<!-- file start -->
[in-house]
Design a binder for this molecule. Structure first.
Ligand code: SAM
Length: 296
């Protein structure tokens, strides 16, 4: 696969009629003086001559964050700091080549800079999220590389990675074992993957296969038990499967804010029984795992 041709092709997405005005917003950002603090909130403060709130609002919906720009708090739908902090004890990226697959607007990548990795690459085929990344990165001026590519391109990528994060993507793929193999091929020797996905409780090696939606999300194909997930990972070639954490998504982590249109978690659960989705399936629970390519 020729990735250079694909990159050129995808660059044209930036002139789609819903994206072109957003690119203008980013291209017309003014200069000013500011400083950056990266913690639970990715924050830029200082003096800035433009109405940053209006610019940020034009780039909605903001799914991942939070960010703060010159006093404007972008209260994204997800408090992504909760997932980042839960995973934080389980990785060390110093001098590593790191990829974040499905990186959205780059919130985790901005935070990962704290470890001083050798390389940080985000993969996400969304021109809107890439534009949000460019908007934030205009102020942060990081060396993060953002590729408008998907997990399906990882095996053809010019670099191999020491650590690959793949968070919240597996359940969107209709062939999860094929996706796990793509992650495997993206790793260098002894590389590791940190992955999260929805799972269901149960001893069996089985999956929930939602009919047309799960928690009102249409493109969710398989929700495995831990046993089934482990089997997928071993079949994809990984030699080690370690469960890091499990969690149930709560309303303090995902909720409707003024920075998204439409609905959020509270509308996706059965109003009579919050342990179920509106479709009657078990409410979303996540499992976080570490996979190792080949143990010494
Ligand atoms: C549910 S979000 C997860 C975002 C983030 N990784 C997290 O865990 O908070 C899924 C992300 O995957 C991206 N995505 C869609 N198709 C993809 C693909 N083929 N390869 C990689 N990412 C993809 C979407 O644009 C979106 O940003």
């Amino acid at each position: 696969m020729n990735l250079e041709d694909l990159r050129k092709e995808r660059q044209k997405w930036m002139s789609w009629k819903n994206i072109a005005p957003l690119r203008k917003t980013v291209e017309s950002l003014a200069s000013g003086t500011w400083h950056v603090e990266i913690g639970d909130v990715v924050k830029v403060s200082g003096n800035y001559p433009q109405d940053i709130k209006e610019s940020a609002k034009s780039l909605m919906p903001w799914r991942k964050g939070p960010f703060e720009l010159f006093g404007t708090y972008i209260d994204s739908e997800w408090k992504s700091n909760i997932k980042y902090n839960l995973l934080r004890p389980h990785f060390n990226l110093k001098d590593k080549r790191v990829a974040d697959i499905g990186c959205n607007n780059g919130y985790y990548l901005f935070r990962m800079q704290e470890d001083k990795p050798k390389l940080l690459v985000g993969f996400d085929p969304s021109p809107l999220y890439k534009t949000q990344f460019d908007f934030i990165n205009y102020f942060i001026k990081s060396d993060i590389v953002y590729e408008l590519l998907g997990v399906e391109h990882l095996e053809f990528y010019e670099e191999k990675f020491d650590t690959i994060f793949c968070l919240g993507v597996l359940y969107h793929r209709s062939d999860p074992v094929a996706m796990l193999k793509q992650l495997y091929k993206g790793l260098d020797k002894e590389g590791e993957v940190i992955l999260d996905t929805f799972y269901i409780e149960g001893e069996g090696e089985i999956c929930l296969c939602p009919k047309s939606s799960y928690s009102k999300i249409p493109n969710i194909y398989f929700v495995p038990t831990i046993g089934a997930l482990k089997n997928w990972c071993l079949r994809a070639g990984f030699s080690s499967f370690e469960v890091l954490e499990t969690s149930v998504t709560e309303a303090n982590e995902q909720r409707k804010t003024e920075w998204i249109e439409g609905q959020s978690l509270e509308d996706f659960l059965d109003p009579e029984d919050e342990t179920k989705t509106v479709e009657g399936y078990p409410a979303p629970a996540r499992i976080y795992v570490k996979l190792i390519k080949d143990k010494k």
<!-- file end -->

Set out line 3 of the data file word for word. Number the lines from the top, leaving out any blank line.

Ligand code: SAM